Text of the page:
With the conclusion of Halloween just two weeks ago, people are already gearing up for Christmas. But have we forgotten about Thanksgiving? Not the holiday itself, but the true meaning of it. I argue that, as a whole, we have.
Thanksgiving is a day celebrated in the U.S. on the fourth Thursday in November. Historically, it’s an observance of the the colonial Pilgrims’ harvest meal in 1621. For Americans, it’s a day of family, feasting, and football. It used to be a holiday where we spent time breaking bread with our families and truly giving thanks for our blessings. Is that still part of the tradition, or have traditions changed?
Black Friday or Black Thursday?
I remember being a teenager. After a Thanksgiving day filled with food, spending time with family and watching some football, I’d get a few hours of sleep. Around 4 in the morning, Mom would wake me up to go Black Friday shopping. We’d already eaten; we’d already spent precious time with the family, and after all that, we’d shop ’til we dropped, looking for the best Black Friday deals we could find: Walmart, Target, K-Mart, J. C. Penny. And we’d come home with some really great gifts!
For the past years, going back to about 2013, Black Friday hours have been pushed up earlier and earlier. So early that people can barely digest their Thanksgiving meal before heading out in the crowds. Black Friday used to be the unofficial start of the holiday shopping season, but this has drastically changed. Stores are now enticing customers to, in a way, give up their Thanksgiving for what are advertised as unbeatable doorbuster deals. Has Thanksgiving become the redheaded step-holiday?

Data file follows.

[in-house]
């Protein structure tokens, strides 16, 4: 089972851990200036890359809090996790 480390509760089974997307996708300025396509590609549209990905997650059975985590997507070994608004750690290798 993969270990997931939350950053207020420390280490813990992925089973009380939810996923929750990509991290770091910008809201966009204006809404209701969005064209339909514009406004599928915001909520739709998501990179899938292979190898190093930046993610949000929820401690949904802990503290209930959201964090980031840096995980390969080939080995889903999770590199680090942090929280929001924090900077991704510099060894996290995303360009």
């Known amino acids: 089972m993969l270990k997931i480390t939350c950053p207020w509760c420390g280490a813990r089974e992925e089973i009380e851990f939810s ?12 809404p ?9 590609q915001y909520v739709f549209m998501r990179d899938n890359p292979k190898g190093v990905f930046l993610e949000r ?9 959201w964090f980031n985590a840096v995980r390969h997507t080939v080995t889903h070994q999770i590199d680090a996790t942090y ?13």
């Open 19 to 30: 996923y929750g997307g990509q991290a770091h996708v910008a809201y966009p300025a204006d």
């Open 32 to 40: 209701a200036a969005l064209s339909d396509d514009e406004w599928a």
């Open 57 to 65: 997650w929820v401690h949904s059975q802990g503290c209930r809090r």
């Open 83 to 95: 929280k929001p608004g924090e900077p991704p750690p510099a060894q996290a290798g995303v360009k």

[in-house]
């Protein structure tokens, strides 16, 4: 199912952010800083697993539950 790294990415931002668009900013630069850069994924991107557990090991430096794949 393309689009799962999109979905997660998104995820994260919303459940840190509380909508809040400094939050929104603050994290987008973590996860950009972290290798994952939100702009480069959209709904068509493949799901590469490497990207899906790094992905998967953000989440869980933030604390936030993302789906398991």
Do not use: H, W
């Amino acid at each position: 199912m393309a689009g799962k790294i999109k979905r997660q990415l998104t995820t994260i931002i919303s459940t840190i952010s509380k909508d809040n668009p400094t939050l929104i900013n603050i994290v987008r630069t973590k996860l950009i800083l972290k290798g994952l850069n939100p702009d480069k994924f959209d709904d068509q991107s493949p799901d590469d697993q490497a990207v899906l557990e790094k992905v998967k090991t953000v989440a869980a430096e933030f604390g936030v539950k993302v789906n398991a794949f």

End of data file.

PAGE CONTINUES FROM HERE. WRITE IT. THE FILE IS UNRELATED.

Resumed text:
It seems as though many Thanksgiving family traditions have gone from spending time at home to spending time in a line instead. Are the “deals” truly worth it? Years ago, when my mom was waking me up at 4 a.m. Black Friday morning, we were able to get almost all of our holiday shopping done. So why do stores insist on taking away from our Thanksgiving?
What we need back is the true meaning of the holiday. We need to spend quality time with our families, not in someone’s line. Let’s show our families that we love and care for them while they are here. Too many loved ones are lost each year, and the possessions one can purchase in stores could never replace the love of one’s family.
Black Friday should stick to the actual day it should be, which is the Friday after Thanksgiving. And give us back our holiday!
Do you agree? Share your thoughts in the comments!